Unit 58 Laboratory Activity: Chromotography
Goal: To separate pigments in plant materials.
- Coffee Filters.
- Jars to hold solvents
- Isopropyl alcohol: 70% Rubbing alcohol
- Large soft green leaves (geranium leaves, large blades of grass, spinach leaves).
Do not handle the coffee filters any more than necessary, and be sure that your hands are clean and dry before working with it. Skin oils will interfere with the separation.
- Cut strips of filter paper 1" wide and of a sufficient length to hang into solvent as described below.
- Mash the plant sample with a spoon until you have a pulpy mass (you can use a blender or chopper). Take the mass and rub it against each filter paper strip one inch from the bottom of the strip. You now have a dot of plant mass on the paper containing plant dyes. You can set the left-over mass aside to rerun the experiment if necessary.
- Put enough water at the bottom of one glass jar container to cover the bottom evenly about 1/4 inch deep. Put the same amount of rubbing alcohol in the second jar.
- Suspend the filter (I use paper clips or tape attached to a pencil balanced across the top of the jar) so that it will hang freely and not quite touch the bottom of each jar. The bottom edge of the paper should be in contact with the solvent.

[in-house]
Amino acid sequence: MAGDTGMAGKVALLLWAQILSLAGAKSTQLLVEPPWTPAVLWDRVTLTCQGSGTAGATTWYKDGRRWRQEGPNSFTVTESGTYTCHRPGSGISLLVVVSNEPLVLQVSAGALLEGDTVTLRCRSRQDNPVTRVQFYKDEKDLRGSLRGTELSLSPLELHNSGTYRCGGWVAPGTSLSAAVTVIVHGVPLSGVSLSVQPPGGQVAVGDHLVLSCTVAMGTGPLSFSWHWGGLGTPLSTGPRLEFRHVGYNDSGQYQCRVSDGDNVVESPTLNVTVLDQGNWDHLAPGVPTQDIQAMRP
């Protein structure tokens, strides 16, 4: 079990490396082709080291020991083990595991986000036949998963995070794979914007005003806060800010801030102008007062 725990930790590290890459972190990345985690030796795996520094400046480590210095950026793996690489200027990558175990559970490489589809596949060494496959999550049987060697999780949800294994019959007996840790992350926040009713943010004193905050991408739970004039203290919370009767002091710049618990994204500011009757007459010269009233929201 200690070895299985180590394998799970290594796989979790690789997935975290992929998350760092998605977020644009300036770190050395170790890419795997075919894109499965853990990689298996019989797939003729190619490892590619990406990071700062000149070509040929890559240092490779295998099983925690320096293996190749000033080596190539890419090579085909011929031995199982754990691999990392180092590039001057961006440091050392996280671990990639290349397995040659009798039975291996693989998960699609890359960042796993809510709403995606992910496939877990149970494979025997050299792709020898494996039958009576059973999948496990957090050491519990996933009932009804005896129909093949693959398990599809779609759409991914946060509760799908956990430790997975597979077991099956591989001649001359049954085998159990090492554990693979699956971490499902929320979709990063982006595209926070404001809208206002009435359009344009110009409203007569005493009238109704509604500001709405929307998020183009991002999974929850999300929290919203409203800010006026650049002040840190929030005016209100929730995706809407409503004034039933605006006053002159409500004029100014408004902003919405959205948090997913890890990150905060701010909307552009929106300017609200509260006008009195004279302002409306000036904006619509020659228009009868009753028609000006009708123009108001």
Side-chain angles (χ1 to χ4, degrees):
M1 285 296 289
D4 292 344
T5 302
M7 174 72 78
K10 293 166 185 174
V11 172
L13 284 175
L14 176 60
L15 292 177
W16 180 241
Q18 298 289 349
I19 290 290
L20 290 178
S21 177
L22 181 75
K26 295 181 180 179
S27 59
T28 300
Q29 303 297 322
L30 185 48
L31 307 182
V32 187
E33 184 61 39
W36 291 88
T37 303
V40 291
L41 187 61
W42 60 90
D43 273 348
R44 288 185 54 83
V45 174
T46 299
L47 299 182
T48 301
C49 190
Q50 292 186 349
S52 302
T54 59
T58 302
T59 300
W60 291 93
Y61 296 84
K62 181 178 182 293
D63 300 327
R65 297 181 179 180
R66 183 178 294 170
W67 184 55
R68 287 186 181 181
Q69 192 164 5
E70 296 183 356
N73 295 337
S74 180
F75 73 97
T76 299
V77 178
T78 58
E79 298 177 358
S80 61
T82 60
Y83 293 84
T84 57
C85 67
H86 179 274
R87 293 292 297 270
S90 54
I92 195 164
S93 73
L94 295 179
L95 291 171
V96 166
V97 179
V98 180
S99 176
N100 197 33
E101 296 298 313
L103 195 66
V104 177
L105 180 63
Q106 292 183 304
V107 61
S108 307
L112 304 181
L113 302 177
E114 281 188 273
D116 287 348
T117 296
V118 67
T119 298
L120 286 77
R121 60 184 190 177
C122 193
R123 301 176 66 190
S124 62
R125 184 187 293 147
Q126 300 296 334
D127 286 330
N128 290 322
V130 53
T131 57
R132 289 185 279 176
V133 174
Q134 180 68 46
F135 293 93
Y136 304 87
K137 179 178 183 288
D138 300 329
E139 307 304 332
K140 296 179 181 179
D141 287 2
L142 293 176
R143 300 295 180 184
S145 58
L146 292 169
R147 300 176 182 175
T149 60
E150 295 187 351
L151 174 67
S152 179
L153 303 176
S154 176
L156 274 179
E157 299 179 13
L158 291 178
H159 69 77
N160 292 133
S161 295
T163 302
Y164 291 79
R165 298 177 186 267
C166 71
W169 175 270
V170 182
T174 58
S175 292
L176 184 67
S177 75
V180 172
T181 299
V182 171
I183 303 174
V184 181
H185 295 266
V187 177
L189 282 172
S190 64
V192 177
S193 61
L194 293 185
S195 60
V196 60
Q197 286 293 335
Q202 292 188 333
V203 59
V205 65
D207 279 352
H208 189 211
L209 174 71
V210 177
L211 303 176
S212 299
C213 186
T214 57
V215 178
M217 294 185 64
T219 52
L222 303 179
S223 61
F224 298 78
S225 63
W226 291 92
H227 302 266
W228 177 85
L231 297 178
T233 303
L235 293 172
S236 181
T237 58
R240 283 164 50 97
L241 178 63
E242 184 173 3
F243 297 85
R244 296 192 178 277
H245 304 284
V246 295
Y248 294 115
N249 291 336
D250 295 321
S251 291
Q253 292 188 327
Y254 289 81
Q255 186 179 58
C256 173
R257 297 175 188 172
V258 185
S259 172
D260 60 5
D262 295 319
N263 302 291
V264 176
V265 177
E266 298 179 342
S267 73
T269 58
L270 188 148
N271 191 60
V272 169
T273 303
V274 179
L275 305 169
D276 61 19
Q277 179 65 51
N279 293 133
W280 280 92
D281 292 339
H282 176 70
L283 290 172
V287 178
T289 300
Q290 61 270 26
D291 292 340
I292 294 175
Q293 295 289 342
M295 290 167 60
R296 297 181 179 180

- Watch the solvent climb up the paper until it is about 1 cm from the top. Note the time, and calculate how long it took to reach this point.
- Note the positions at which the colors separate out and are deposited on the filter paper. Is there more than one? What color is each one?
The banding is characteristic of the pigments, and can be used to identify them in different plants. In spinach, the pigments are carotene (yellow/yellow orange), xanthophyll (yellow), chlorophyll a (bright green to blue green), and chlorophyll b (yellow green to olive green). You can use the spinach bands to identify the banding in other plants.
Describe your procedure, the solvents you use, and the source of your pigments. Describe the bands which result as the solvent separates the pigments. How many pigments show up in your sample? Which solvent works best?
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